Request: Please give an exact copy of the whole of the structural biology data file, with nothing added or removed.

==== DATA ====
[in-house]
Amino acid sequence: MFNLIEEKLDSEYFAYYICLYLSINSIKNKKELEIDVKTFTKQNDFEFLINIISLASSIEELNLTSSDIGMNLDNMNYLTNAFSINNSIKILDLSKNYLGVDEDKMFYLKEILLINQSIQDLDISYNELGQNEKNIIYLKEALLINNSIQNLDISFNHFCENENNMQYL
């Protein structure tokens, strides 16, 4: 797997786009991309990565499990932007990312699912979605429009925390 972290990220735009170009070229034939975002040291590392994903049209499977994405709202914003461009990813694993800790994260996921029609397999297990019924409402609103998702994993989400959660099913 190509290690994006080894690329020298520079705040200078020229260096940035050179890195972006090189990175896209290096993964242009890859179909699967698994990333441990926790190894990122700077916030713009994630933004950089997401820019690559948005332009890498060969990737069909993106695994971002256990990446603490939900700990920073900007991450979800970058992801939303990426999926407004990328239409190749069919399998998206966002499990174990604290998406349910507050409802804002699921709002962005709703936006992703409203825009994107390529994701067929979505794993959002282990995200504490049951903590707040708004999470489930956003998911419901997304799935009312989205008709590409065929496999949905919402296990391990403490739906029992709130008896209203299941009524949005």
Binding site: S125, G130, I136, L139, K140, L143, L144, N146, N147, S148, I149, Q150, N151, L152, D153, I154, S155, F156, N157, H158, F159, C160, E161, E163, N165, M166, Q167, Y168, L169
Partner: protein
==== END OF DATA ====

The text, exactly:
[in-house]
Amino acid sequence: MFNLIEEKLDSEYFAYYICLYLSINSIKNKKELEIDVKTFTKQNDFEFLINIISLASSIEELNLTSSDIGMNLDNMNYLTNAFSINNSIKILDLSKNYLGVDEDKMFYLKEILLINQSIQDLDISYNELGQNEKNIIYLKEALLINNSIQNLDISFNHFCENENNMQYL
């Protein structure tokens, strides 16, 4: 797997786009991309990565499990932007990312699912979605429009925390 972290990220735009170009070229034939975002040291590392994903049209499977994405709202914003461009990813694993800790994260996921029609397999297990019924409402609103998702994993989400959660099913 190509290690994006080894690329020298520079705040200078020229260096940035050179890195972006090189990175896209290096993964242009890859179909699967698994990333441990926790190894990122700077916030713009994630933004950089997401820019690559948005332009890498060969990737069909993106695994971002256990990446603490939900700990920073900007991450979800970058992801939303990426999926407004990328239409190749069919399998998206966002499990174990604290998406349910507050409802804002699921709002962005709703936006992703409203825009994107390529994701067929979505794993959002282990995200504490049951903590707040708004999470489930956003998911419901997304799935009312989205008709590409065929496999949905919402296990391990403490739906029992709130008896209203299941009524949005």
Binding site: S125, G130, I136, L139, K140, L143, L144, N146, N147, S148, I149, Q150, N151, L152, D153, I154, S155, F156, N157, H158, F159, C160, E161, E163, N165, M166, Q167, Y168, L169
Partner: protein